New homes plan 'out of keeping' with Chesterfield town centre street

Plans to demolish ‘dilapidated’ bedsits on a Chesterfield street and replace them with two new homes have been criticised.

Thursday, 11th November 2021, 9:47 am

The proposal, submitted to Chesterfield Borough Council, would see two new three-bedroom houses built on Abercrombie Street and the conversion of two other properties to create a single dwelling.

The developers, listed as Design Services of Chesterfield, say they want to provide ‘good quality, sustainable and permanent accommodation near to the town centre’.

Resident Craig Lonie said he supported the plans as a way of removing an ‘eyesore’ on the street.

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Plans to demolish ‘dilapidated’ bedsits on Abercrombie Street, Chesterfield, and replace them with two new homes have been criticised.

However, the plans have sparked criticism from council officers and civic leaders.

Conservation officer Francesca Siviter said in her report that the proposal did not match her ‘preferred architectural solution’.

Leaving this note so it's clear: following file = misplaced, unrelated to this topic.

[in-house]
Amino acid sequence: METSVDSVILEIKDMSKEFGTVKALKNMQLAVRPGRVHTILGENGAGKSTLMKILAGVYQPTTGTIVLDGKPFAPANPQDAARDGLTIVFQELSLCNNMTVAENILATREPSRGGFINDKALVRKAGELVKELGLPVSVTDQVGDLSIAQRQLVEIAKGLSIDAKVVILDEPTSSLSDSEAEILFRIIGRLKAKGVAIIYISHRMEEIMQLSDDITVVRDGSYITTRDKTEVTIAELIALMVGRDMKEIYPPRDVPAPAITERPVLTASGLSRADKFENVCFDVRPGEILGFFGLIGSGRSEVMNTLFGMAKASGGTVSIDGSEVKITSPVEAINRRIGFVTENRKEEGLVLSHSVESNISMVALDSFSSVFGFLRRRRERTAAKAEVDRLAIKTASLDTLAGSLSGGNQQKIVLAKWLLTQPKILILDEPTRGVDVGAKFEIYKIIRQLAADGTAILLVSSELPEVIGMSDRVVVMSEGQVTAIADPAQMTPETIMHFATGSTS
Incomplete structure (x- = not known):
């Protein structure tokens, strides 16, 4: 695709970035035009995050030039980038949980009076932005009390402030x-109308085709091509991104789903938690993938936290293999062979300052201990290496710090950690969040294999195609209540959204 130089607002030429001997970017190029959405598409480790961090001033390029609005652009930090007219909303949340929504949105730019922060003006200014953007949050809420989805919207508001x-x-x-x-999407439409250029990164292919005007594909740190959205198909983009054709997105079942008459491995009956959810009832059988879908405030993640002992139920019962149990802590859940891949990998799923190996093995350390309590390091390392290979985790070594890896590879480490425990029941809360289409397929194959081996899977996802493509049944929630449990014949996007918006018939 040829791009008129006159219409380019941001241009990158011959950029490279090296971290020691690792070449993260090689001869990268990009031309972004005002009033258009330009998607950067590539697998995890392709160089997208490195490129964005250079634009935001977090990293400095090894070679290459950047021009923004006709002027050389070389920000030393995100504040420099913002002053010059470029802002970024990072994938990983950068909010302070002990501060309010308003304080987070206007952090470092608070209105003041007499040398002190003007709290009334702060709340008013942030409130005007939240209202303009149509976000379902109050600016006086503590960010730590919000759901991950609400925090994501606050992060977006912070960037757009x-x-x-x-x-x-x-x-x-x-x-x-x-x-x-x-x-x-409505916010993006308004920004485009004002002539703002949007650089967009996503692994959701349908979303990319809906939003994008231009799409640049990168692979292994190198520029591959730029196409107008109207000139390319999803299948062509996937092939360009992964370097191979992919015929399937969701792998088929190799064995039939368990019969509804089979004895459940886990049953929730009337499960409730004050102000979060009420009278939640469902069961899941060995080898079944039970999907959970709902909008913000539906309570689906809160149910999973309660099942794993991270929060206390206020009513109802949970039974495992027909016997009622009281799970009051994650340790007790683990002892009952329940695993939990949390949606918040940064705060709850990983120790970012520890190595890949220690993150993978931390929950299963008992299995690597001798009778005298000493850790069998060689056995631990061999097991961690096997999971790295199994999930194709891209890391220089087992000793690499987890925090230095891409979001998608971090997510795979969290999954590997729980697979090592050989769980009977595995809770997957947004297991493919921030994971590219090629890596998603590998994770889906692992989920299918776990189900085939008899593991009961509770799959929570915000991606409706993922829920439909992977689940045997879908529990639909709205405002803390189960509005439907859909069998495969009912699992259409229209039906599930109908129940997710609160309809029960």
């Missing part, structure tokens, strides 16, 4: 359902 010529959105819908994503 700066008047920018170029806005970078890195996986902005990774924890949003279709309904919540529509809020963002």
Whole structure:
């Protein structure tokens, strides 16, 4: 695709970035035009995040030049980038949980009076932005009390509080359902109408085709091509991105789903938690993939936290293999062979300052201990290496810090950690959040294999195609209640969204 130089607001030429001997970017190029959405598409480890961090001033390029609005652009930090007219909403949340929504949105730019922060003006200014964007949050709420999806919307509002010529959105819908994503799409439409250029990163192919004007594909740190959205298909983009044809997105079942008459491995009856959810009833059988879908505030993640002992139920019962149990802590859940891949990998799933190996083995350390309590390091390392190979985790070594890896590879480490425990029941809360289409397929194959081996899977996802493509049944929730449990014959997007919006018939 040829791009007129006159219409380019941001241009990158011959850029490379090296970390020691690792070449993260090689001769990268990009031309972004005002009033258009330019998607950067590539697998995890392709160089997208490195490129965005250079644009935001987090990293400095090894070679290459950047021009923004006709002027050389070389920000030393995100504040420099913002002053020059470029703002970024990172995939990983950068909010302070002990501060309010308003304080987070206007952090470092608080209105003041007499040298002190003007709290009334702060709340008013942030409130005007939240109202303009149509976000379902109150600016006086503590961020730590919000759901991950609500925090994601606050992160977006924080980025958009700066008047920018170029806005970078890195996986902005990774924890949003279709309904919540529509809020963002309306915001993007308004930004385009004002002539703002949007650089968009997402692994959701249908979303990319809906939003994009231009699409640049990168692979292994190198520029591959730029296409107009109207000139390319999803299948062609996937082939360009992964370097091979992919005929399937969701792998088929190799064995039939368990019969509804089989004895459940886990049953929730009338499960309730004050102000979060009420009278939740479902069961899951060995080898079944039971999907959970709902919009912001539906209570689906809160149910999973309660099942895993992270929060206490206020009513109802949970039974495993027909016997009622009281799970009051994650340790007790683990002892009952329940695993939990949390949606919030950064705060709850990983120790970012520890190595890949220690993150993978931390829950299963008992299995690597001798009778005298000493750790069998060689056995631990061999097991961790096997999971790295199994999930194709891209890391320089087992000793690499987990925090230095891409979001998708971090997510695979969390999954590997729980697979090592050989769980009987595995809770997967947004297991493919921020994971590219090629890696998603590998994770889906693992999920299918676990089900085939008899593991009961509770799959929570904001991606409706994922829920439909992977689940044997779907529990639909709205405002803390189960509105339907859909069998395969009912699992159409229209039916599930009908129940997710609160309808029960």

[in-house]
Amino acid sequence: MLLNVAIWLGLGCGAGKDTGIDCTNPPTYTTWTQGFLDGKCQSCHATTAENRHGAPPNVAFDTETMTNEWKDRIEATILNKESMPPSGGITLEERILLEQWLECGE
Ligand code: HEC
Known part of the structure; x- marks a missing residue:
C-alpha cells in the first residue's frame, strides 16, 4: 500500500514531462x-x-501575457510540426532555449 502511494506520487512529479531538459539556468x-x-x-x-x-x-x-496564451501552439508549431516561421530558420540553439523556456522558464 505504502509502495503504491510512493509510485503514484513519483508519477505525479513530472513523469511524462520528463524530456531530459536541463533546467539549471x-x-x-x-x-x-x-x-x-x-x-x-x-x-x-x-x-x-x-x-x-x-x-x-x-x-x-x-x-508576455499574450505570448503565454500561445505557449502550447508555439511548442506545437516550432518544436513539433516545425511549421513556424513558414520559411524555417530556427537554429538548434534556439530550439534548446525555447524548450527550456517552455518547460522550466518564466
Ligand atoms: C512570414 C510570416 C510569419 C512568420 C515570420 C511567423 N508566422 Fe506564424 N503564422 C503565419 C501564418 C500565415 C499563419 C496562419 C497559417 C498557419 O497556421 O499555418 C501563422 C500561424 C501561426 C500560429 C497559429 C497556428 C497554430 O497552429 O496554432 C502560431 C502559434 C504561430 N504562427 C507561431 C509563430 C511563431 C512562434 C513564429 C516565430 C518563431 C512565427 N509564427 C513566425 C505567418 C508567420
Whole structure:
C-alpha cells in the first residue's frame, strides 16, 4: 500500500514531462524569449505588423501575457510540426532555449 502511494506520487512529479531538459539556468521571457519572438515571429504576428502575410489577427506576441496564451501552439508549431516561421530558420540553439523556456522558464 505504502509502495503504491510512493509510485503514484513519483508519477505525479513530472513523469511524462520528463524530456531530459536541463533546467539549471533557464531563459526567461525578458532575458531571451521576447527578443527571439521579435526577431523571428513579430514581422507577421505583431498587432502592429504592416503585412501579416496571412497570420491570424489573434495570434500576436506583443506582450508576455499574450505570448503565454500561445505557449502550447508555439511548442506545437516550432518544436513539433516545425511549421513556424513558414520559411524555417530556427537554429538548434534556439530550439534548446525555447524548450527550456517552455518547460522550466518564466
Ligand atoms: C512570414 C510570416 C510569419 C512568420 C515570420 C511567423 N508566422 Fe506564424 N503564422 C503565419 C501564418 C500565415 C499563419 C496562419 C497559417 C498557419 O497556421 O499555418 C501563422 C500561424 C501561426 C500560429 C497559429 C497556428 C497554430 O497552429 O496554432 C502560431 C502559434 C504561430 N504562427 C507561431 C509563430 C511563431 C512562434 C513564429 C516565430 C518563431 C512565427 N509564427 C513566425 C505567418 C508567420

“The demolition of the existing bedsits is a positive element of the application, and I make no objection to this,” she added.

"The chosen style of the replacement dwellings is a pastiche architecture.”

Chesterfield and District Civic Society said the proposal did not fit in with the ‘Italianate character of all the original houses on Abercrombie Street’.

In a report to the council, the civic society said: “The present application envisages the demolition of a derelict structure at the rear of the garden of number 20, to which there can be no possible objection, and the building of a pair of three-bedroom semi-detached houses in their place, to which there is every objection.

"The houses themselves are very small and of wholly unremarkable design, quite out of keeping with the adjoining properties.

"There is obviously a place in Chesterfield for modest semi detached houses of this sort, but it is not in the garden of a house on Abercrombie Street.

"Their construction would spoil the setting of numbers 20 and 22 and the general street picture of the conservation area.”

The society has also criticised the application itself, dubbing it ‘grossly inadequate in the form in which it has been prepared’.

Design Services of Chesterfield said in their design and access statement: “This application offers much-needed sustainable living accommodation, together with parking facilities near to the town centre, in an area where it will be welcomed by the immediate neighbours and the surrounding properties.”

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